In the harvest season around here it can easily take twice as long to get anywhere on Chianti’s already curvy, slow and intoxicating roads. In September and October tractors pull grapes to local wineries and in November they haul olives to frantoi, the mills that, for a brief period each year work around the clock pressing olives. It’s not hard to find yourself, as I did recently, slowed to a crawl behind a tractor close to midnight on a Friday night. I was on my way home from a dinner celebrating the first oil of the season. We’d poured freshly pressed oils from diverse regions of Chianti over enourmous, perfectly grilled bistecche and poured more into dipping bowls for the pinzimonia that accompanied it. There was different oil for the bread too. I tasted and then waited for the oil to impress but sadly it failed. Fourteen years living here and it is possible I am getting blasé about new oil.Perhaps its just that I have yet to sample the season’s best. It could also be this is not a great year for Chianti EVO.
Some but not all of the new oil I tried that night had the characteristic lime green, almost neon vibrancy of the best new Tuscan oils. But several were yellow, the faded colour of our year old oil back home at Petraia. Several offered grassiness on the back of the tongue and a peppery choke in the throat, but they all lacked that forceful one-two punch of bitterness and pungency I expect from new oil. Missing also was the sensation I look forward to most from new oil. It’s a high really, a fleeting sense of exhilaration and well-being that comes after the oil slides down your throat and it feels somehow as if the lifeblood of the plant itself has been injected directly into your veins.
This year there were more olives on our own trees than I have ever seen. The fruit lucky enough to survive our late summer hail was abundant and plump thanks to the torrential rainfall earlier in the season. The olives were gigantic and also gorgeous by comparison to standards set previously. Voluptous specimens to be sure but excess water in most fruit is a defect that impairs flavor. Normally I hold back a few kilograms of olives to cure and send the rest off for pressing. But this year I decided these water logged beauties were probably not worth turning into oil. Instead, their fleshy fruit looked promising for table olives, so for 2013 we harvested and cured our entire crop.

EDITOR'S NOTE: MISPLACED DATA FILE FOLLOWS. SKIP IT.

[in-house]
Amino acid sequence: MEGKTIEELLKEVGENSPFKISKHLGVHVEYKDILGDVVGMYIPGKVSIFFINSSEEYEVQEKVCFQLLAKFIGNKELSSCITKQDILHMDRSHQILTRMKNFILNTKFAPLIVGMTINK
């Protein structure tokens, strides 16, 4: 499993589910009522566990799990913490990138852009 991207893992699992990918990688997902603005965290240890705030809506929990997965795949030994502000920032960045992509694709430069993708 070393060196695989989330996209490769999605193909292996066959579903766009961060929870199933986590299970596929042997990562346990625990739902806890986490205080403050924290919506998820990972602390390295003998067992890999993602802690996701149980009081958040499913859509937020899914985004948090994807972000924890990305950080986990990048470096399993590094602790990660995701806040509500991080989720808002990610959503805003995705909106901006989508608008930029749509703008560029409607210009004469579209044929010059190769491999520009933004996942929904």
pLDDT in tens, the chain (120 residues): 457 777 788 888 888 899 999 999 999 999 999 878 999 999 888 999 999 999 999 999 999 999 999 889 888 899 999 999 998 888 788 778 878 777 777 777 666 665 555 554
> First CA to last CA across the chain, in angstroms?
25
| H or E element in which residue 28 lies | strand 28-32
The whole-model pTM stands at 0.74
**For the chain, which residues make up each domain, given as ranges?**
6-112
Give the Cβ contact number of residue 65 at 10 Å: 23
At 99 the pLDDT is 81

I usually find a brine cure or salamoia is the best way to preserve Petraia’s olives as they are mostly smaller varieties like Ravece, Leccio del Corno and Frantoio grown specifically for oil. To do this we put them in glazed terra cotta crocks or large glass jars where they sit under a 10% salt brine in my dispensa until most of the bitterness leaches out. This process takes several months and during that time we change the brine every few weeks. Once the olives are palatable we rinse them and transfer them to glass jars and a lighter brine, usually around 5% salt. These jars I keep in my “ferment fridge” where I store our lacto fermented vegetables and fruit as well as our salumi and there they keep well for up to a year. Before I use a jar, I rinse the brine off and let them soak again, this time in water, to reduce their salinity.
We also have one tree at Petraia that produces larger olives meant for the table and with those I take a different approach. I salt them lightly and bake them at a low temperature slowly, for day or two, either in our wood burning oven after it has cooled down from bread baking or on a shelf above our wood stove where the air is warm. After a day or two they turn black and shrivel up and have lost their bitterness.
They are ready to be tossed in some olive oil and packed into jars with herbs, spices and some lemon or orange zest. The advantage of this method is that the olives are ready to eat in a few days rather than a few months. But this year all of our olives were huge and with so many fleshy, fat olives I decided to modify this technique to see if a dry cure at a cool room temperature might better preserve their flavour and so far I am delighted with the results. Here’s what I did:
First I weighed the fresh olives and then tossed to coat them in lots of sea salt using a ratio of 50% salt to olives.
The olives sat in my cool kitchen in a cheesecloth lined sieve for 3 to 4 weeks until they turned black, shriveled up and had leeched most of their bitter water.
Then I rinsed them in cold water and placed them in the dehydrator for several hours at 30C until they were completely dry.
I tossed the dry olives with enough olive oil to coat them along with some chili, garlic, lemon zest and fresh bay leaf.
Then I packed some into jars for immediate use and vacuum packed the rest for longer term storage in the refridgerator.
Apart from serving these olives as an antipasto with our salumi we add them to bread doughs, focaccia, stews, pasta sauces and cocktails. We candy them to serve with prosciutto and figs. We pit and dehydrate them to pulverize into a powder. Olive powder is useful for garnish or for adding to cracker dough, quick breads and even sauces like béchamel. This year, with so many olives I am sure we will be coming up with even more uses for them. Stay tuned.